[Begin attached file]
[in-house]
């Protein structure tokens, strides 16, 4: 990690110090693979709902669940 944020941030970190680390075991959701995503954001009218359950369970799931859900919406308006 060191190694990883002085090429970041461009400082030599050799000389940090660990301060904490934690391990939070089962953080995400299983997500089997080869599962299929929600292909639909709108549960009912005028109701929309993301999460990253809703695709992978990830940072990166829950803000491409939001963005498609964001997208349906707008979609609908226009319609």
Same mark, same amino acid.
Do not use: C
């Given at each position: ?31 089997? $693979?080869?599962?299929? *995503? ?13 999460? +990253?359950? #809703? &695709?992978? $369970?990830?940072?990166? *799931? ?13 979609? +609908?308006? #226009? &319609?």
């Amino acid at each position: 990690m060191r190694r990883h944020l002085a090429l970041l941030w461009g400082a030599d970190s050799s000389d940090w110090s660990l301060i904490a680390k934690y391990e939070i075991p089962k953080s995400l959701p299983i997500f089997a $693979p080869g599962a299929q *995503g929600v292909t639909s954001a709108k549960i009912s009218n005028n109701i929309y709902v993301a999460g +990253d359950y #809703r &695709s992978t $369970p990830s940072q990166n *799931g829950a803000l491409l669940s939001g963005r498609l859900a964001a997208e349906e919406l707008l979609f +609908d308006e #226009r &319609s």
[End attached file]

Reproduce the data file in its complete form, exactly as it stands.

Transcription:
[in-house]
């Protein structure tokens, strides 16, 4: 990690110090693979709902669940 944020941030970190680390075991959701995503954001009218359950369970799931859900919406308006 060191190694990883002085090429970041461009400082030599050799000389940090660990301060904490934690391990939070089962953080995400299983997500089997080869599962299929929600292909639909709108549960009912005028109701929309993301999460990253809703695709992978990830940072990166829950803000491409939001963005498609964001997208349906707008979609609908226009319609």
Same mark, same amino acid.
Do not use: C
């Given at each position: ?31 089997? $693979?080869?599962?299929? *995503? ?13 999460? +990253?359950? #809703? &695709?992978? $369970?990830?940072?990166? *799931? ?13 979609? +609908?308006? #226009? &319609?």
């Amino acid at each position: 990690m060191r190694r990883h944020l002085a090429l970041l941030w461009g400082a030599d970190s050799s000389d940090w110090s660990l301060i904490a680390k934690y391990e939070i075991p089962k953080s995400l959701p299983i997500f089997a $693979p080869g599962a299929q *995503g929600v292909t639909s954001a709108k549960i009912s009218n005028n109701i929309y709902v993301a999460g +990253d359950y #809703r &695709s992978t $369970p990830s940072q990166n *799931g829950a803000l491409l669940s939001g963005r498609l859900a964001a997208e349906e919406l707008l979609f +609908d308006e #226009r &319609s």